The disastrous Deadliest Day Ever before this most recent Deadliest Day Ever was the final straw so to speak. In fact, a mere week after the tragic day, the Nepali side of the mountain called it quits for the season. The Sherpas and guides were distraught with the loss of family and friends, while clients resigned themselves to going home empty handed. Though perhaps their lives intact was reward enough?
Kaji Sherpa, among those caught in the middle of falling blocks of ice near the size of building, explains his decision to quit his duties on the mountains and to stick to farming.
His desire to ever stand on Everest has died, likely passing with each and every one of his friends that fell beneath him: “I think it’s better not to climb again because so many people are dying.”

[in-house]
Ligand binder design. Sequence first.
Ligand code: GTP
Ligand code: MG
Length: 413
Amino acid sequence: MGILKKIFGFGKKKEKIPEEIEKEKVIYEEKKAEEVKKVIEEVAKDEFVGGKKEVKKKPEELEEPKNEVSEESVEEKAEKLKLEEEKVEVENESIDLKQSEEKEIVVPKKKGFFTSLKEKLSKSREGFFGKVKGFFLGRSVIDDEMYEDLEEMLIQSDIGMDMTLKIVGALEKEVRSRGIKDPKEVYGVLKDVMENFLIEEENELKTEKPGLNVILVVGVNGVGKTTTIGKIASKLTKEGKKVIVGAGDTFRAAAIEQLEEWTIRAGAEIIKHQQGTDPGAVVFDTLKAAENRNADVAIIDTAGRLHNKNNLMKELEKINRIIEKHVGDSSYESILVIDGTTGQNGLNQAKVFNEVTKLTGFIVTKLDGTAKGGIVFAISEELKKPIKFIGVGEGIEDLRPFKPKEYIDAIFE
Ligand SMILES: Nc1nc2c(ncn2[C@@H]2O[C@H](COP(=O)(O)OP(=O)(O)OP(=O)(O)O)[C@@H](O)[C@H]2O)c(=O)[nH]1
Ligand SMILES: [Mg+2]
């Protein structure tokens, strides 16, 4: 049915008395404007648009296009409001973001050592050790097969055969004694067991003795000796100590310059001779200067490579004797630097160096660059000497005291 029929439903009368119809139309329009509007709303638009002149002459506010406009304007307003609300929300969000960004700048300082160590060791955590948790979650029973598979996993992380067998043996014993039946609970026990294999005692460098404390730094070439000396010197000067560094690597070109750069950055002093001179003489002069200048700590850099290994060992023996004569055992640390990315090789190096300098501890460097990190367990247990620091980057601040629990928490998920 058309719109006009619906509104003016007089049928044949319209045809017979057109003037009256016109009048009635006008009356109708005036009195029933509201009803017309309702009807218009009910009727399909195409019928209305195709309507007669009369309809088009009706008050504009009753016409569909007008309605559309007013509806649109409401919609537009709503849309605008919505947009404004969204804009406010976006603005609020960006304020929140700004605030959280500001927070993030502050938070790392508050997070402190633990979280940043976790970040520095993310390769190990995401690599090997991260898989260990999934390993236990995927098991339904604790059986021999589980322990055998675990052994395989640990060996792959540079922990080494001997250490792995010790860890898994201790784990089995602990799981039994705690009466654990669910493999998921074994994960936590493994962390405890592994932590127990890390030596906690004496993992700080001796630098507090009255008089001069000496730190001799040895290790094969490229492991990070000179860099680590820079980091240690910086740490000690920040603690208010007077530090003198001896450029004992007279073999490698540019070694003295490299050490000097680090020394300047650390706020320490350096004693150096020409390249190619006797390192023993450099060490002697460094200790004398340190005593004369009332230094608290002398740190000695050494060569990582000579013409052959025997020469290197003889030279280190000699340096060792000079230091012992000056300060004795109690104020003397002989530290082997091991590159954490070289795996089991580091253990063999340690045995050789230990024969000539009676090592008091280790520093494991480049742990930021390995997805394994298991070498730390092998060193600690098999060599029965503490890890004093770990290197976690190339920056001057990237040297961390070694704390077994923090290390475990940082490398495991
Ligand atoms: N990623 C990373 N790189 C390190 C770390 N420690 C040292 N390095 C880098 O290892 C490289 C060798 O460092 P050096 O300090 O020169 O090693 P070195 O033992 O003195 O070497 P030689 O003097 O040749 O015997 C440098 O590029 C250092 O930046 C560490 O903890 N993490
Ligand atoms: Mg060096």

And with this most recent tragedy, people continue to die. With that in mind, the earthquake and avalanche have undoubtedly put the future of commercial interests surrounding the mountain in question.
Our thoughts and well-wishes are with everyone affected by this tragedy. We’ll make sure to update this post with any significant and important news breaks as they come.
Want to lend a hand with rescue and relief efforts? Climber/photographer Jake Norton and MountainWorld Productions put together a great list of organizations that will help extend your reach.
Also, keep up to date with the latest happenings with regard to Mount Everest and Nepal by following the Tweets in these widgets targeted to conversations surrounding “Everest,” “Nepal Earthquake,” and “Kathmandu Earthquake.”